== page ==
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Jan Page knows what it is like to live with cancer. At 45 years old, she was diagnosed with breast and ovarian cancer, and her personal identity — as teacher, wife and mother — changed. She couldn’t return to teaching.

Complications from her juvenile diabetes made her very ill, and chemotherapy made her lose a lot of her hearing.

“My life changed, because I loved being a teacher,” Page said. “I didn’t know who I was anymore.”

In 2003, 15 years after Page’s diagnosis, Kaleidoscope Cancer Connection (KCC) was born through the Byron United Methodist Church (BUMC). Named for “life’s changing patterns,” the nonprofit organization provides support and connection to individuals living with cancer.

Page said there were no efforts like this in far East Contra Costa County, especially when Kaleidoscope began, despite the area ranking second in California in incident rates for breast, ovarian and prostate cancer.

“This was a ministry that sprung out of a desire to help, because there was nothing,” she said.

BUMC’s minister at the time embraced the idea, and in the 16 years since, their programs have continued to grow.

Kaleidoscope’s initial connection with an individual starts with a “Bag of Hope” — a collection of items personalized to them, representing their hobbies, things important to them and cozy items like a comfortable blanket.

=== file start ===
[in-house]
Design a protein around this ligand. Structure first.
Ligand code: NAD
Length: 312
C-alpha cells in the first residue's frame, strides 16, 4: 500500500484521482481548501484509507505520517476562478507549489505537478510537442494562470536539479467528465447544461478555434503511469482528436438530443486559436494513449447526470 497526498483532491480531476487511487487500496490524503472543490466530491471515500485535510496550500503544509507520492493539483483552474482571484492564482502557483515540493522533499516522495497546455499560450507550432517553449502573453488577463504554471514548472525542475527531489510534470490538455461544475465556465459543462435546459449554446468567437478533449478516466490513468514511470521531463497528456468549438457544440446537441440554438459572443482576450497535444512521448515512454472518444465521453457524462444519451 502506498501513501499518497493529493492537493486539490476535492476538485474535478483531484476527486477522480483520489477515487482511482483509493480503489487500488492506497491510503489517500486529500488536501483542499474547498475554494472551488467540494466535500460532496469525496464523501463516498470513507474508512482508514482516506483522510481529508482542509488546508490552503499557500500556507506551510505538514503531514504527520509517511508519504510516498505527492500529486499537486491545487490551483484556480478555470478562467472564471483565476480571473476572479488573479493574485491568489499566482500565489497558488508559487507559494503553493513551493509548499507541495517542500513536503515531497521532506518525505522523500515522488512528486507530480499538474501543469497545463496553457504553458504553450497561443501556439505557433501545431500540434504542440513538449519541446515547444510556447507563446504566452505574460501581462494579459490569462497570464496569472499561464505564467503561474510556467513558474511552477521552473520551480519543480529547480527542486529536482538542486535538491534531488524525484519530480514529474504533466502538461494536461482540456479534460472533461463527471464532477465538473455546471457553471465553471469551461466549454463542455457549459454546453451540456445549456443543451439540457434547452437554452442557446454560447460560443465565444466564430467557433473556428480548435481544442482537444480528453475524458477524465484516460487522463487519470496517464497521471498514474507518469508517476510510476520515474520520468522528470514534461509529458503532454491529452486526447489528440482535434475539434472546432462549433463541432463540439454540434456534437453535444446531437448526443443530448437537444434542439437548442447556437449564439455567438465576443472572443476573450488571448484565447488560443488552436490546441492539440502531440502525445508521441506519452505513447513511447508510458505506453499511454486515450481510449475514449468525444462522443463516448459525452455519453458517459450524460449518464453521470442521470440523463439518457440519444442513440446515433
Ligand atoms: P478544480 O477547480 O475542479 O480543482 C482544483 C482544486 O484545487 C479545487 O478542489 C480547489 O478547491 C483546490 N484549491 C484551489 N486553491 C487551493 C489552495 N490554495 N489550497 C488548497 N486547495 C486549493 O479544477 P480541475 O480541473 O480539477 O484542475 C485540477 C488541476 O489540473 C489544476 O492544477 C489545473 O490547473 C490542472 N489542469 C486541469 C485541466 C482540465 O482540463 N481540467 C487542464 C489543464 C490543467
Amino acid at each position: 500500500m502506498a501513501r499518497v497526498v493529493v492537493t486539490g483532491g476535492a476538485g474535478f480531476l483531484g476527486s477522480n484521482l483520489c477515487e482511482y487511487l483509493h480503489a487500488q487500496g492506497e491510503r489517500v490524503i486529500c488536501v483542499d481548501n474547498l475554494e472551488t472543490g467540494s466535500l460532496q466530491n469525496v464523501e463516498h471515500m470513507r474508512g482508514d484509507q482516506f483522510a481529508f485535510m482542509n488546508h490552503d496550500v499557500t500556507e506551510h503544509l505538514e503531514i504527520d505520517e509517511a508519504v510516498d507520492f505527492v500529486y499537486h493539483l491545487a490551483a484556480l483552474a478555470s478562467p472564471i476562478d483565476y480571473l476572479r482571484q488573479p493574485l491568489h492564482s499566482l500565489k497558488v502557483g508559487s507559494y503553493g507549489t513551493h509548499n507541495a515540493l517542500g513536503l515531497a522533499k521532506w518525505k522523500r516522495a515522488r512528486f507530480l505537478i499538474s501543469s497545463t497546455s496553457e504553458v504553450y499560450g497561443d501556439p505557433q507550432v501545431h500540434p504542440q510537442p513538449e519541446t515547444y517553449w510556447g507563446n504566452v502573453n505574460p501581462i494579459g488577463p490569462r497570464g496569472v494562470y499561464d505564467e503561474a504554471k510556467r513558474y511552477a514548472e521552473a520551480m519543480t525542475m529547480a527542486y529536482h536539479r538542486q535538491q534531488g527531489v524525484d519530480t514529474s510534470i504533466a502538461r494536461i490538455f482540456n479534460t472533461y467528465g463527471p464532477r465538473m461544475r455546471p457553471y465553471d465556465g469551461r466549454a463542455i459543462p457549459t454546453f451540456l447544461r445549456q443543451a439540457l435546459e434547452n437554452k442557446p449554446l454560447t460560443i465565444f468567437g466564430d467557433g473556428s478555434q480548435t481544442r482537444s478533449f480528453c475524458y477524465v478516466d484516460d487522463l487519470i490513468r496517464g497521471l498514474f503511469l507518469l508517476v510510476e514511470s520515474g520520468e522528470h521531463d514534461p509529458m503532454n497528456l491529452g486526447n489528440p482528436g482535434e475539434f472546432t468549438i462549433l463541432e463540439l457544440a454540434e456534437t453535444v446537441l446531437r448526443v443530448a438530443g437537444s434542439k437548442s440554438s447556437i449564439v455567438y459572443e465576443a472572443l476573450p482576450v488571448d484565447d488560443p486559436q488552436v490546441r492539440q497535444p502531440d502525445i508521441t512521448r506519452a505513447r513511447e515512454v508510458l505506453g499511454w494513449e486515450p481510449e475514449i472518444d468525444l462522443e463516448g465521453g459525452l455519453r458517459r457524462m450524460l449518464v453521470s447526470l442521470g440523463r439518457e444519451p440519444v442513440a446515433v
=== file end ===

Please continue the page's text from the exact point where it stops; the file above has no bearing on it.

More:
After a Bag of Hope is given, KCC makes contact with the recipient to offer additional services: support groups, meals, counseling, spiritual care and Kaleidoscope Kids (“a group of children, young people, and their parents who meet monthly with the purpose of making a difference in someone’s life”).

Executive Director Tony George became involved with KCC because he has a different perspective. He has seen cancer afflict many of his family members, including his wife, Carolyn. He has previously worked in community groups such as the Brentwood Pony League and the Liberty High School Boosters, but this group is a little more personal.

“This one just really touched me,” Tony said.

Carolyn George started a support group for women, Coffee with Carolyn, about a year and a half ago. Tony says he observed how difficult it was for Carolyn when she lost her hair, and she wants to support other women when they’re navigating these changes.

“She wants them to know, ‘Yes, your body will change, but you’re still who you are,’” Tony said.

Coffee with Carolyn meets the first Tuesday of the month from 10 a.m. to noon, and the third Thursday of the month, from 6 to 8 p.m. For more information, contact Carolyn at 925-577-3325, or email coffeewithcarolyn@kaleidoscopehope.org.

KCC is staffed entirely by volunteers and made possible by donations and grants, and they are always looking for additional help from the community.

“Sometimes, those people that reach out ... you don’t know how powerful that is, and I have never forgotten,” Page said.

KCC will hold a fundraiser, Music in the Park, at Campos Family Vineyards at 3501 Byer Road in Byron on Sunday, Sept. 22, from 2 p.m. to 5 p.m. for $5. It will include music, food, bounce houses and more information about the services Kaleidoscope provides to the community.

Kaleidoscope Cancer Connection is located behind Byron United Methodist Church at 14671 Byron Highway in Byron. For more information, or if you or someone you know may benefit from services, visit www.kaleidoscopehope.org, email info@kaleidoscopehope.org, or call 925-550-8021.

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